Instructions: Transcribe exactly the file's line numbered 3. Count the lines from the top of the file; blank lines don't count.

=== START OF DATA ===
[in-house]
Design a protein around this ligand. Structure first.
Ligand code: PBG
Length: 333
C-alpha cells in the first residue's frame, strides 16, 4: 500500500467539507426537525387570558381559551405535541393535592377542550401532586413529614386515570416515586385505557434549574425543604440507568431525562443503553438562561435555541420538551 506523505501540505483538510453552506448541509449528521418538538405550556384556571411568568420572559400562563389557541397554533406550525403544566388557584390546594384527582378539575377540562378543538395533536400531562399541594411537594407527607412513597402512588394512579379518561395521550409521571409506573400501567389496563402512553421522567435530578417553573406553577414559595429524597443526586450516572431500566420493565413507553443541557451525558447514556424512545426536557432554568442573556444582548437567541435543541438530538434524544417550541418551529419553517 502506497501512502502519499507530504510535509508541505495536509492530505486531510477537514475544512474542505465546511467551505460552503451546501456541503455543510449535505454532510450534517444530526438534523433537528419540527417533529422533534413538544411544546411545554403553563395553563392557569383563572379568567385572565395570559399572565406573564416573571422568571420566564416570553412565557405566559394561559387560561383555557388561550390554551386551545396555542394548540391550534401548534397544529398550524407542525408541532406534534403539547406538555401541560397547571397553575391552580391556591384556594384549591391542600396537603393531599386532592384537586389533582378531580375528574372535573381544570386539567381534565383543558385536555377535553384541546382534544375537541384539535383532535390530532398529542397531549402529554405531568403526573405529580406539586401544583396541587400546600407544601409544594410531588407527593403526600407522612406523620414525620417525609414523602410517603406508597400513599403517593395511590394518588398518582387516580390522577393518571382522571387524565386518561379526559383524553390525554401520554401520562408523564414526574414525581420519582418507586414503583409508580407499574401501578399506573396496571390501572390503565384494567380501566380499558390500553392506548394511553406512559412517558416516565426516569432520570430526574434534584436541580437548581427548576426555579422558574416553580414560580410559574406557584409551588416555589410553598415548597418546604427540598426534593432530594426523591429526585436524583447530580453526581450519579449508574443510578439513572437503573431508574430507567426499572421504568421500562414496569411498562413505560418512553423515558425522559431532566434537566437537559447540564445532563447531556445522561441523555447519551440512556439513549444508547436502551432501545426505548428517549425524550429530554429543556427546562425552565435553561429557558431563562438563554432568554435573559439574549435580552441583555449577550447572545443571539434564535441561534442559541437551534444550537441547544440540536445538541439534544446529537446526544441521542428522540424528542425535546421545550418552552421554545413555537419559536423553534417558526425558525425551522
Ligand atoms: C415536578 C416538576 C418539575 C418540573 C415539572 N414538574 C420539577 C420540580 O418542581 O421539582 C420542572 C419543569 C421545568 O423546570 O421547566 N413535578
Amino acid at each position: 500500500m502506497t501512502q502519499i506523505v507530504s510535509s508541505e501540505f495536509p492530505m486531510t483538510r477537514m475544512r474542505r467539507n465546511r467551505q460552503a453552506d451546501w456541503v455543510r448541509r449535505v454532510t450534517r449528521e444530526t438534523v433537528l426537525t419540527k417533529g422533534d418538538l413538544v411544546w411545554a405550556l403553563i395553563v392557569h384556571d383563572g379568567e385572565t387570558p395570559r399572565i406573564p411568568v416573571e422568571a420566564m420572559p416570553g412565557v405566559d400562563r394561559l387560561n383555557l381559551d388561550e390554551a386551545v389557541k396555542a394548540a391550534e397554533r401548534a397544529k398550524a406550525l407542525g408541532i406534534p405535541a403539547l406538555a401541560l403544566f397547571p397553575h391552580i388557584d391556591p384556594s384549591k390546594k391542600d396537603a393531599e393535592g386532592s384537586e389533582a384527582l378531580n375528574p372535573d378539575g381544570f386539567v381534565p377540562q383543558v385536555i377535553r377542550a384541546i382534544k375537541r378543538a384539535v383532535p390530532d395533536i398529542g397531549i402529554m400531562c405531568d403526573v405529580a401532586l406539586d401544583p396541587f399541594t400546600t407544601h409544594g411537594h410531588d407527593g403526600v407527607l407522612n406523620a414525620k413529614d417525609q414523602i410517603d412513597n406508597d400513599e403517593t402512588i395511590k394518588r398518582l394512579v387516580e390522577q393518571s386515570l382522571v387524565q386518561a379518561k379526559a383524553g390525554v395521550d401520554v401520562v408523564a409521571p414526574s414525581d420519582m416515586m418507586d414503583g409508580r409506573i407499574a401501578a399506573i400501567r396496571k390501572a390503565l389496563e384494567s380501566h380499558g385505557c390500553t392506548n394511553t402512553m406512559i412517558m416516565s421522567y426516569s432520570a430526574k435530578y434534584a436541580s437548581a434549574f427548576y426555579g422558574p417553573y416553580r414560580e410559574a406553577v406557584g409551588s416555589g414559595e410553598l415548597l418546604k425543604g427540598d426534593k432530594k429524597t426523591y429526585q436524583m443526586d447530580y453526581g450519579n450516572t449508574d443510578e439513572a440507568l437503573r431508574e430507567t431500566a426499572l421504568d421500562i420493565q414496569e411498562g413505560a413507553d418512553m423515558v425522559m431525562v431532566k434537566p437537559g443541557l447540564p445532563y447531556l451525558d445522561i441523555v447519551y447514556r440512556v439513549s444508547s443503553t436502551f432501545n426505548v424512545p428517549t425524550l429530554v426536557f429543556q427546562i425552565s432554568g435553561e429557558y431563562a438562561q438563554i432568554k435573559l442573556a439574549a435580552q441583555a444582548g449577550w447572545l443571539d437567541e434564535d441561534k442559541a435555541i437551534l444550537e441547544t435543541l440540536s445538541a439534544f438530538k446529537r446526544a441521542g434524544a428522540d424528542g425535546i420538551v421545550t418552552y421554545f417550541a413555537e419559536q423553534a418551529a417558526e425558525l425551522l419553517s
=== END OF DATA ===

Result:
Ligand code: PBG